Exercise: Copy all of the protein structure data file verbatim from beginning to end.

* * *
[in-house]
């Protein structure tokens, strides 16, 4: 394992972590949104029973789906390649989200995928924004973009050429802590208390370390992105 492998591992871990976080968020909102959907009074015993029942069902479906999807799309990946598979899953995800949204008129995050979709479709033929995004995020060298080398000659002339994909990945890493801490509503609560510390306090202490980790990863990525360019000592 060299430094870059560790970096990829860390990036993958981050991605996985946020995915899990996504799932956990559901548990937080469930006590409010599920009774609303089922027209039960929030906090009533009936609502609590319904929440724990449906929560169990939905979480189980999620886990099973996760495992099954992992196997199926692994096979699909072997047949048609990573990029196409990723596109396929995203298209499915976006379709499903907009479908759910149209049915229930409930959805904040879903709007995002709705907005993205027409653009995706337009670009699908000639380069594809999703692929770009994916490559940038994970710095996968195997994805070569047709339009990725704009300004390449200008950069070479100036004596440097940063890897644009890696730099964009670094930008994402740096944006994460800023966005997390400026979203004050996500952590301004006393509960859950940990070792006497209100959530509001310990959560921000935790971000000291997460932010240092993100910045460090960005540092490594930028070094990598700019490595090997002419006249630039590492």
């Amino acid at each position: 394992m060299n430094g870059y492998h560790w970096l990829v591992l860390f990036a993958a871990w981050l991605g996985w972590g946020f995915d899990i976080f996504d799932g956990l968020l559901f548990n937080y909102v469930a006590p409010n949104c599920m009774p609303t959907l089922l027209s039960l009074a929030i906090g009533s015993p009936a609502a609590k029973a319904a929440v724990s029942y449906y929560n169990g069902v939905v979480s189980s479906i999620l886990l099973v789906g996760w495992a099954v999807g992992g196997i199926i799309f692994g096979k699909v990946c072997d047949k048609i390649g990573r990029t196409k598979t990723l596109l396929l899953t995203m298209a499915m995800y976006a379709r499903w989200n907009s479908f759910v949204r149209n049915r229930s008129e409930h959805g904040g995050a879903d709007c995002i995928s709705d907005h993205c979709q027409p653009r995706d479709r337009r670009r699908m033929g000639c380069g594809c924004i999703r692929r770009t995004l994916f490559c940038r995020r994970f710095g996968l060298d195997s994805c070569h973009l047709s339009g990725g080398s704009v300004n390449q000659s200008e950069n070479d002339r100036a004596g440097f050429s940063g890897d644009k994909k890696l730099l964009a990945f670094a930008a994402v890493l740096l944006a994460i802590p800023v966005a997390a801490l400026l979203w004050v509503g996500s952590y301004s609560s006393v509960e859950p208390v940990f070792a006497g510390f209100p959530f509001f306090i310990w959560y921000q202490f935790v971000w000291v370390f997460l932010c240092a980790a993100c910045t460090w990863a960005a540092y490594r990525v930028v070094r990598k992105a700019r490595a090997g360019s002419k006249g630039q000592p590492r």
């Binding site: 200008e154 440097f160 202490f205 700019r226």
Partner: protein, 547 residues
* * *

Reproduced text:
[in-house]
């Protein structure tokens, strides 16, 4: 394992972590949104029973789906390649989200995928924004973009050429802590208390370390992105 492998591992871990976080968020909102959907009074015993029942069902479906999807799309990946598979899953995800949204008129995050979709479709033929995004995020060298080398000659002339994909990945890493801490509503609560510390306090202490980790990863990525360019000592 060299430094870059560790970096990829860390990036993958981050991605996985946020995915899990996504799932956990559901548990937080469930006590409010599920009774609303089922027209039960929030906090009533009936609502609590319904929440724990449906929560169990939905979480189980999620886990099973996760495992099954992992196997199926692994096979699909072997047949048609990573990029196409990723596109396929995203298209499915976006379709499903907009479908759910149209049915229930409930959805904040879903709007995002709705907005993205027409653009995706337009670009699908000639380069594809999703692929770009994916490559940038994970710095996968195997994805070569047709339009990725704009300004390449200008950069070479100036004596440097940063890897644009890696730099964009670094930008994402740096944006994460800023966005997390400026979203004050996500952590301004006393509960859950940990070792006497209100959530509001310990959560921000935790971000000291997460932010240092993100910045460090960005540092490594930028070094990598700019490595090997002419006249630039590492």
């Amino acid at each position: 394992m060299n430094g870059y492998h560790w970096l990829v591992l860390f990036a993958a871990w981050l991605g996985w972590g946020f995915d899990i976080f996504d799932g956990l968020l559901f548990n937080y909102v469930a006590p409010n949104c599920m009774p609303t959907l089922l027209s039960l009074a929030i906090g009533s015993p009936a609502a609590k029973a319904a929440v724990s029942y449906y929560n169990g069902v939905v979480s189980s479906i999620l886990l099973v789906g996760w495992a099954v999807g992992g196997i199926i799309f692994g096979k699909v990946c072997d047949k048609i390649g990573r990029t196409k598979t990723l596109l396929l899953t995203m298209a499915m995800y976006a379709r499903w989200n907009s479908f759910v949204r149209n049915r229930s008129e409930h959805g904040g995050a879903d709007c995002i995928s709705d907005h993205c979709q027409p653009r995706d479709r337009r670009r699908m033929g000639c380069g594809c924004i999703r692929r770009t995004l994916f490559c940038r995020r994970f710095g996968l060298d195997s994805c070569h973009l047709s339009g990725g080398s704009v300004n390449q000659s200008e950069n070479d002339r100036a004596g440097f050429s940063g890897d644009k994909k890696l730099l964009a990945f670094a930008a994402v890493l740096l944006a994460i802590p800023v966005a997390a801490l400026l979203w004050v509503g996500s952590y301004s609560s006393v509960e859950p208390v940990f070792a006497g510390f209100p959530f509001f306090i310990w959560y921000q202490f935790v971000w000291v370390f997460l932010c240092a980790a993100c910045t460090w990863a960005a540092y490594r990525v930028v070094r990598k992105a700019r490595a090997g360019s002419k006249g630039q000592p590492r």
């Binding site: 200008e154 440097f160 202490f205 700019r226």
Partner: protein, 547 residues